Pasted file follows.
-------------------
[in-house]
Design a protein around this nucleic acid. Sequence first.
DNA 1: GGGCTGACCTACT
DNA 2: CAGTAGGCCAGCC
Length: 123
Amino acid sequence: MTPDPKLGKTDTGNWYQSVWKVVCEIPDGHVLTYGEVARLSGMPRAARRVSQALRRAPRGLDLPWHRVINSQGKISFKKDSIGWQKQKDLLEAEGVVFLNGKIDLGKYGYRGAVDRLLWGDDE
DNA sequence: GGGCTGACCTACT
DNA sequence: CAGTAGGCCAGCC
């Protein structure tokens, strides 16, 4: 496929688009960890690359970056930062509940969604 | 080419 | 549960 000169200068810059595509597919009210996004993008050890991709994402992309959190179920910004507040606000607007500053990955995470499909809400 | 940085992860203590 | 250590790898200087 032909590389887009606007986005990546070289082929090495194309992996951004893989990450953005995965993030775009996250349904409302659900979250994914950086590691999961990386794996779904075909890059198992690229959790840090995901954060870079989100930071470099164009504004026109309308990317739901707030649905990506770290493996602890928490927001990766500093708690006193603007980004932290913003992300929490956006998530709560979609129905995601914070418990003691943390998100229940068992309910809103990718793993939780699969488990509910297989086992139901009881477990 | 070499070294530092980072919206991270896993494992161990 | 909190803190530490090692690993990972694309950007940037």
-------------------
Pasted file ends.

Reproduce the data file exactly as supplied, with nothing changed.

[in-house]
Design a protein around this nucleic acid. Sequence first.
DNA 1: GGGCTGACCTACT
DNA 2: CAGTAGGCCAGCC
Length: 123
Amino acid sequence: MTPDPKLGKTDTGNWYQSVWKVVCEIPDGHVLTYGEVARLSGMPRAARRVSQALRRAPRGLDLPWHRVINSQGKISFKKDSIGWQKQKDLLEAEGVVFLNGKIDLGKYGYRGAVDRLLWGDDE
DNA sequence: GGGCTGACCTACT
DNA sequence: CAGTAGGCCAGCC
């Protein structure tokens, strides 16, 4: 496929688009960890690359970056930062509940969604 | 080419 | 549960 000169200068810059595509597919009210996004993008050890991709994402992309959190179920910004507040606000607007500053990955995470499909809400 | 940085992860203590 | 250590790898200087 032909590389887009606007986005990546070289082929090495194309992996951004893989990450953005995965993030775009996250349904409302659900979250994914950086590691999961990386794996779904075909890059198992690229959790840090995901954060870079989100930071470099164009504004026109309308990317739901707030649905990506770290493996602890928490927001990766500093708690006193603007980004932290913003992300929490956006998530709560979609129905995601914070418990003691943390998100229940068992309910809103990718793993939780699969488990509910297989086992139901009881477990 | 070499070294530092980072919206991270896993494992161990 | 909190803190530490090692690993990972694309950007940037």